Power Distance and a Repeating Refrain of Kumbaya
What is the power distance at your organization? At one time the universally accepted workplace culture had power concentrated among a few. The ruling elite set the rules, policies, direction and made all relevant decisions within their closed circle. The distance between those with the power and the rank-&-file was wide, separated by at-the-door reserved parking spots, private dining chambers, and special rules just for them, along with a company car full of perks.
The shift that has grasped both the corporate and nonprofit sectors is toward a more low-power-distance culture. No longer do separate and definitely grossly unequal rules rule the American workplace. Workers are now team members and the C-Level suite is open, accessible and accountable to all.
Human resources have evolved into counseling centers, wellness program directors and internal organizational cheerleaders. Gone are vacation and sick days replaced with “personal time off” and 9 to 5 has been pushed aside for flex-time.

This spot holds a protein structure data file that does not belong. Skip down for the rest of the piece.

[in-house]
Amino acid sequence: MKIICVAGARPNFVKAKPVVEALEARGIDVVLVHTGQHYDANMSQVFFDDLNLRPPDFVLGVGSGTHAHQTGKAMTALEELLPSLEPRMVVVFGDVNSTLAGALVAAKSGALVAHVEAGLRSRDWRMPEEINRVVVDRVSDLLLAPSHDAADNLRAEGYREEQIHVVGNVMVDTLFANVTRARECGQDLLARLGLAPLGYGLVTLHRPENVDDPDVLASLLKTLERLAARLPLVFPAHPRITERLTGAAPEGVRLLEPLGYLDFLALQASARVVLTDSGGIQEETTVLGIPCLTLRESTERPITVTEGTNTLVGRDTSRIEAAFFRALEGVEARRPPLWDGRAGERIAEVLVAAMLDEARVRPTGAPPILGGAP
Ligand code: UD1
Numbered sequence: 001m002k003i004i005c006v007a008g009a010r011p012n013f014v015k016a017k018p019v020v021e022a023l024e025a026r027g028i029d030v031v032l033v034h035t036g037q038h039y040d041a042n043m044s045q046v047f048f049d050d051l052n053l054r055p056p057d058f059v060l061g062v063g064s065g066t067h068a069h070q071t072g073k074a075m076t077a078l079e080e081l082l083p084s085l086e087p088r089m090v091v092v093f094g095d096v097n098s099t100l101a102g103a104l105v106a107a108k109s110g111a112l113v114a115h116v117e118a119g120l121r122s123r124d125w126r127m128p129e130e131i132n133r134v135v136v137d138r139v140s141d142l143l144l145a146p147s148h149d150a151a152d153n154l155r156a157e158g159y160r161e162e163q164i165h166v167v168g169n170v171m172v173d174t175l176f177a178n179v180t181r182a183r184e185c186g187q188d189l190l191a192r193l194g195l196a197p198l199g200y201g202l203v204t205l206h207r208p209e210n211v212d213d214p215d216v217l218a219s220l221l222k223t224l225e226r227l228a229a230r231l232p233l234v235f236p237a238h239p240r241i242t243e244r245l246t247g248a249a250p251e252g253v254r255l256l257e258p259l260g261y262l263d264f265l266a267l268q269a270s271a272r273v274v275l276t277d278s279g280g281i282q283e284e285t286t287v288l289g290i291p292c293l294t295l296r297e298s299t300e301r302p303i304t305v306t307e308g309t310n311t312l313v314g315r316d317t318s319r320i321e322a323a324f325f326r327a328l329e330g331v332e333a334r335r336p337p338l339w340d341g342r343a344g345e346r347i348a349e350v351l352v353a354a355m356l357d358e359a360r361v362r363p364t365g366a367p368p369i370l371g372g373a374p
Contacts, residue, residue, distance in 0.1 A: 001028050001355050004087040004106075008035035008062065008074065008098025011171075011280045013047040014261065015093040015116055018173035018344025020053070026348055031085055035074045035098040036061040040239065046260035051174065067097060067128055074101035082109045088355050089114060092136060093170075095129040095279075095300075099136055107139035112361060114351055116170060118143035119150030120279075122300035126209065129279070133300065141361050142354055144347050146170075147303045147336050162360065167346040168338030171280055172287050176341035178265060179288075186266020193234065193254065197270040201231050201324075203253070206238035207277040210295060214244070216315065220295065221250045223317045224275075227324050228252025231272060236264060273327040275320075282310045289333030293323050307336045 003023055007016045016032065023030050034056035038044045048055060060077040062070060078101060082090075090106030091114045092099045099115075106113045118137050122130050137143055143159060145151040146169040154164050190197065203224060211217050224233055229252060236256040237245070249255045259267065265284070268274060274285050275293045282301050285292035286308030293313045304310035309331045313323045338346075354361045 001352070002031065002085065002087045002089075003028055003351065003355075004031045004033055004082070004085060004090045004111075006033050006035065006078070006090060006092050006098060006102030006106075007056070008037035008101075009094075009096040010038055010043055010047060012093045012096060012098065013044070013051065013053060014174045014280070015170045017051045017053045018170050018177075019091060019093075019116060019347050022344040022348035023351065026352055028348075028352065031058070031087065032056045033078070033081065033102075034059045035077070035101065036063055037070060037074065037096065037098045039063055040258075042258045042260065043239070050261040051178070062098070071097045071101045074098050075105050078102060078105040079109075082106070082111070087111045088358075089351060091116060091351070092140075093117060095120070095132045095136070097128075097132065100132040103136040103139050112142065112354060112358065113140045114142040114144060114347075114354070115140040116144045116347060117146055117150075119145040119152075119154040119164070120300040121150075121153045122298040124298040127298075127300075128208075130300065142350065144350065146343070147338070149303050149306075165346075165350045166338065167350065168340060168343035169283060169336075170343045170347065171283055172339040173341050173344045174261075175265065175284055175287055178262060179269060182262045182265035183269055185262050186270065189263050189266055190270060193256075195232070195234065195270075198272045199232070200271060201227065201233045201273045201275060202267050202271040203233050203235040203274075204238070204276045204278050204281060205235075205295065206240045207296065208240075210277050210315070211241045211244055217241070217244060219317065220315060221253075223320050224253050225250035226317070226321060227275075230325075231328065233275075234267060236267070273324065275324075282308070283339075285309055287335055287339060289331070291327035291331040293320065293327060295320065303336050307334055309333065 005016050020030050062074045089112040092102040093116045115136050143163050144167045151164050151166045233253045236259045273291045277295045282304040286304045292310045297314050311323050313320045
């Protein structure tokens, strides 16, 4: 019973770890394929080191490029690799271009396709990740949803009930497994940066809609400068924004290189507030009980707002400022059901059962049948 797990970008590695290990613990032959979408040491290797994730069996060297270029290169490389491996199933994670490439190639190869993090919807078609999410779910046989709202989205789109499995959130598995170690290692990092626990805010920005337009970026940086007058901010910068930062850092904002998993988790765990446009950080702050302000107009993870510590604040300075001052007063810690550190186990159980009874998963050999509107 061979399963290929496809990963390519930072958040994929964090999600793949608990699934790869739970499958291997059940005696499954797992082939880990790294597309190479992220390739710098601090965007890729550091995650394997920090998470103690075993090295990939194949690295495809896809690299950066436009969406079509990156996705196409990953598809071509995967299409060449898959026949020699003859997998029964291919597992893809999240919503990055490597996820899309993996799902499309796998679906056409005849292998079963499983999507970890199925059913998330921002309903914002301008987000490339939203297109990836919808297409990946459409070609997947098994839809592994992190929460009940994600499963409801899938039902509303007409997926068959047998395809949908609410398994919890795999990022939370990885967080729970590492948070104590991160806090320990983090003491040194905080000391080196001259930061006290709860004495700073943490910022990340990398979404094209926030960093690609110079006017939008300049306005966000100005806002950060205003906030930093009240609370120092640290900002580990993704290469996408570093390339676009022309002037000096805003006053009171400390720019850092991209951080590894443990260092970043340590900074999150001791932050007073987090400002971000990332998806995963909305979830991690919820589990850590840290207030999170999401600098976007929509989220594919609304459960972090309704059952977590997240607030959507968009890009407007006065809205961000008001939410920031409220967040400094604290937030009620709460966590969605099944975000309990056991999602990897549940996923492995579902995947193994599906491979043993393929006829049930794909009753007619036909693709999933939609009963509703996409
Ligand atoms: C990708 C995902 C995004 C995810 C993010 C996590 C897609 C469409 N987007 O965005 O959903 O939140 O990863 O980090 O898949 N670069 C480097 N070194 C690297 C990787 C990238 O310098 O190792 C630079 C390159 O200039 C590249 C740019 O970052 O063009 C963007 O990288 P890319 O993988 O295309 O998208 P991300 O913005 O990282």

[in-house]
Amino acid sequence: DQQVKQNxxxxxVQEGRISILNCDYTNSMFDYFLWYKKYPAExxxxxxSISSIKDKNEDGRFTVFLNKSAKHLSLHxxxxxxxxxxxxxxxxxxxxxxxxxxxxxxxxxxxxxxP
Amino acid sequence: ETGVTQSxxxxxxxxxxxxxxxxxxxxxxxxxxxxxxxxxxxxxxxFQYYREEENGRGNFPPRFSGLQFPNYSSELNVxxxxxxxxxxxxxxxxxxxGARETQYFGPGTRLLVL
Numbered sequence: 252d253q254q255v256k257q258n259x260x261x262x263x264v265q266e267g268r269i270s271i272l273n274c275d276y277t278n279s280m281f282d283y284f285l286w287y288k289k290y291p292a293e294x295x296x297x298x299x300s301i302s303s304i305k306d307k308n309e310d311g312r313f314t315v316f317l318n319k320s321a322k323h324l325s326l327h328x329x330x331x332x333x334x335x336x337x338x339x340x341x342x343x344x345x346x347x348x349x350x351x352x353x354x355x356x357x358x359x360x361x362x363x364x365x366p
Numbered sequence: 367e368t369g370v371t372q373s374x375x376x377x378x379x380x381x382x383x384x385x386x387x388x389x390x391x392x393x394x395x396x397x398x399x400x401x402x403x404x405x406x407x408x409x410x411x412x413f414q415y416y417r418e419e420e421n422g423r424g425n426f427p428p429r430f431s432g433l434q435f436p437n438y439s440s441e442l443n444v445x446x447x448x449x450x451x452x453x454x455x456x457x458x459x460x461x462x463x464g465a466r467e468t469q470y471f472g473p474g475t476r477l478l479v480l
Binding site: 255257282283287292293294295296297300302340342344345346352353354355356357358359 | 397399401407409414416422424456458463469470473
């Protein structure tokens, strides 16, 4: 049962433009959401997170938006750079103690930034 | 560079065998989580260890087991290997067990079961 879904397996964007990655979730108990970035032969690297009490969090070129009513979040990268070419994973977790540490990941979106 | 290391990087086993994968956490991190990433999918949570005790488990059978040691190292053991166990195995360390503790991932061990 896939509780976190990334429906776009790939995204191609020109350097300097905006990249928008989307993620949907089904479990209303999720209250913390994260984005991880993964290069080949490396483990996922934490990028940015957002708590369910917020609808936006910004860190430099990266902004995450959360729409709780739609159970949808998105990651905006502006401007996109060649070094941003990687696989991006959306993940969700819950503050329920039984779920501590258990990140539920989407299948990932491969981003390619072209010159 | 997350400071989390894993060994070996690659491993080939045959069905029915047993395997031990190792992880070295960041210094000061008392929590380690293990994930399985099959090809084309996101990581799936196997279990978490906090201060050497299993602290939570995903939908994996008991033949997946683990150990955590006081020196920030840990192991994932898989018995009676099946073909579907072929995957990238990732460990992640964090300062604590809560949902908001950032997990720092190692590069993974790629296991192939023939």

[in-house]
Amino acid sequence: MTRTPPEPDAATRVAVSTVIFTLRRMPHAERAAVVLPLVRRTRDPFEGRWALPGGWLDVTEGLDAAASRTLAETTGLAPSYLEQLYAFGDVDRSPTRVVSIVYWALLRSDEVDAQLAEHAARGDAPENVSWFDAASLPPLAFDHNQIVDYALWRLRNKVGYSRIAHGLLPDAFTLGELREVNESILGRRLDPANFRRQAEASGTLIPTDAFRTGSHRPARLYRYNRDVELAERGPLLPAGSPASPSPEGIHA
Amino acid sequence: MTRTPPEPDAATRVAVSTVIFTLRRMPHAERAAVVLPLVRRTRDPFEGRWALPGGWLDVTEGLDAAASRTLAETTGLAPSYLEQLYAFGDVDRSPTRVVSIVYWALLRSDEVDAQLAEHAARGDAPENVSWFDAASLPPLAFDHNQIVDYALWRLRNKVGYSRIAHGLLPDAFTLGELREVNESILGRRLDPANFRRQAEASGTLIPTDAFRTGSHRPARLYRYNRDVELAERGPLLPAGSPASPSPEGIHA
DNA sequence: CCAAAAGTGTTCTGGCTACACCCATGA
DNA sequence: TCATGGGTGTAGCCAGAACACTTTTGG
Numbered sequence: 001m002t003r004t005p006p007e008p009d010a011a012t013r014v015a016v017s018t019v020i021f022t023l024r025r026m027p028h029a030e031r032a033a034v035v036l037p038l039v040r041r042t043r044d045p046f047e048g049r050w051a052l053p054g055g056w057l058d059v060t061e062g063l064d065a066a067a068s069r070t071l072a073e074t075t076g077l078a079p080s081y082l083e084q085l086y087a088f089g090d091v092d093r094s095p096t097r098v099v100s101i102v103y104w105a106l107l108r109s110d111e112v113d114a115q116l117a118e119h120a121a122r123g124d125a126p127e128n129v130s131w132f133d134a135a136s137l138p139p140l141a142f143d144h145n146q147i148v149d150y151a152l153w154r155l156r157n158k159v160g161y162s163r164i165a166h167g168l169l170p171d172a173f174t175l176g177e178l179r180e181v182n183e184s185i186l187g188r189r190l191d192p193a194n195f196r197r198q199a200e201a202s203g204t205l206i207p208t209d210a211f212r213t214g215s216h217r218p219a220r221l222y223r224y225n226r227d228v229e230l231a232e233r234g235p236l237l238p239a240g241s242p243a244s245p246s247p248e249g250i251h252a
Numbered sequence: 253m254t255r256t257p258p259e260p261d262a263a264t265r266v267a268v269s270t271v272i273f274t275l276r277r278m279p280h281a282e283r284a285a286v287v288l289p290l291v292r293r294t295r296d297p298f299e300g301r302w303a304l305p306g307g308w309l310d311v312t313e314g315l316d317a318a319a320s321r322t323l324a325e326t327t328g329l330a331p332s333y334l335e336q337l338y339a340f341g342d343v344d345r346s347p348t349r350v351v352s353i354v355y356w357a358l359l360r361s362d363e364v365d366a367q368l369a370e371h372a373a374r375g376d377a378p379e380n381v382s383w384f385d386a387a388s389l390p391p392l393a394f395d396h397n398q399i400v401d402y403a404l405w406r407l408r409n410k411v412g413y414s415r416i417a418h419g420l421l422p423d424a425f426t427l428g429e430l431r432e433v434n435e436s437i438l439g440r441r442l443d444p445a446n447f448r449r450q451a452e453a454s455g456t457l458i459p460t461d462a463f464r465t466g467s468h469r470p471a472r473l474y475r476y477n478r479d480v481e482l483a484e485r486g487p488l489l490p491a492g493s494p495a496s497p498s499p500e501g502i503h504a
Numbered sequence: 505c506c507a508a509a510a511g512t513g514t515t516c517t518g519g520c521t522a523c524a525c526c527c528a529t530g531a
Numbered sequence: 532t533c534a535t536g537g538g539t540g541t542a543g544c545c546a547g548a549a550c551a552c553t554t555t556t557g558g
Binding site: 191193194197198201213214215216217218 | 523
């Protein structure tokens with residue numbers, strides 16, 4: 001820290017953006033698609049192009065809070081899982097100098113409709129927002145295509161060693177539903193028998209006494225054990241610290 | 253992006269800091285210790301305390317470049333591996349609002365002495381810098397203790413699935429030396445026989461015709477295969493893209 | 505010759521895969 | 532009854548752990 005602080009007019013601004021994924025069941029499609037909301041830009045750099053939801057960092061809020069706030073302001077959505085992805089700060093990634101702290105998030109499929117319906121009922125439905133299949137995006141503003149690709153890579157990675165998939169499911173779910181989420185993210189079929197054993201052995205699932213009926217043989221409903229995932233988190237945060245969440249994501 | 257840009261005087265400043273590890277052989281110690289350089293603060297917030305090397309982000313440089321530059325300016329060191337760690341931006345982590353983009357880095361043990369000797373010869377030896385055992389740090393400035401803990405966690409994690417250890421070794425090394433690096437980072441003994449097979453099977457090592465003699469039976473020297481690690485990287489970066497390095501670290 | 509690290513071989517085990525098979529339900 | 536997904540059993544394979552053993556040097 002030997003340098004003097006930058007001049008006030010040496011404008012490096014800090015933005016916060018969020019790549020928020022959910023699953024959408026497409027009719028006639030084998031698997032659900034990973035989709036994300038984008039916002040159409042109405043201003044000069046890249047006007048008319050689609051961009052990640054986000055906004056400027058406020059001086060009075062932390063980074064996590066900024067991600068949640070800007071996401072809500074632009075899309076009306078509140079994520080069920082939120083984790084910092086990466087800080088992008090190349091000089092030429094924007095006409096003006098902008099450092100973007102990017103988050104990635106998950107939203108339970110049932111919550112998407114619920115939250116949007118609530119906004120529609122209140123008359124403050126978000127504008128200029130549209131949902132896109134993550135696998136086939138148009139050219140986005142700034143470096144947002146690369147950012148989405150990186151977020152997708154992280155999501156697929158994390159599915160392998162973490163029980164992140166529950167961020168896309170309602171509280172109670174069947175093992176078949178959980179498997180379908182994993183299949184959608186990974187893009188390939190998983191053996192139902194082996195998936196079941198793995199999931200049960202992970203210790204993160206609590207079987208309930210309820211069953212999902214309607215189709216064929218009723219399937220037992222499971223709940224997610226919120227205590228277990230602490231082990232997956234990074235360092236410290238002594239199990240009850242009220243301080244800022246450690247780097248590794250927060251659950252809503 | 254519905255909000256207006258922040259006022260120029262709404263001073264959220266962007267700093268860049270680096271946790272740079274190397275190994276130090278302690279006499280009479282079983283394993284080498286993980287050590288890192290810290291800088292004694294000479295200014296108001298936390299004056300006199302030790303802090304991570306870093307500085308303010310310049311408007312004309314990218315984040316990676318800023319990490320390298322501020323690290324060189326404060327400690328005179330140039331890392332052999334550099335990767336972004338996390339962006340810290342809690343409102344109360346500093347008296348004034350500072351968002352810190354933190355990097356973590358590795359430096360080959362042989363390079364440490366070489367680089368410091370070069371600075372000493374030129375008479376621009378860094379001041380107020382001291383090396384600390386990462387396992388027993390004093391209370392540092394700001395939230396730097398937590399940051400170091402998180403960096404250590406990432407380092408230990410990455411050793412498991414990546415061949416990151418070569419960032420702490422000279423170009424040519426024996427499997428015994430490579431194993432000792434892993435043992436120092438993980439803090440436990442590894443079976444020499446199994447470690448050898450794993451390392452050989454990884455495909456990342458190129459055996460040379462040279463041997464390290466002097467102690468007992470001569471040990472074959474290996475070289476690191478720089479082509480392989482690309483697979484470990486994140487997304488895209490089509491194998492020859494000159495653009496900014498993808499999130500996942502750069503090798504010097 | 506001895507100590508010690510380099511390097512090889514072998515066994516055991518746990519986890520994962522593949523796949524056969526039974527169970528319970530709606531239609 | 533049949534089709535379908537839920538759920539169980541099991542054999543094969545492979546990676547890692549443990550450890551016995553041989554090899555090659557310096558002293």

The suggestion box has been replaced with improvement committees comprised of a cross-section of the organizational chart.
And speaking of, organizational charts today look more like complex mathematical equations with both solid and dotted lines going in every direction.
American productivity ranks third behind Germany and France. The Germans are known for their autocratic corporate culture and the French for their laid-back attitude towards everything. Especially work. So, then what does it say about we Americans and our new business theme song, the old fireside camping standard, Kumbaya?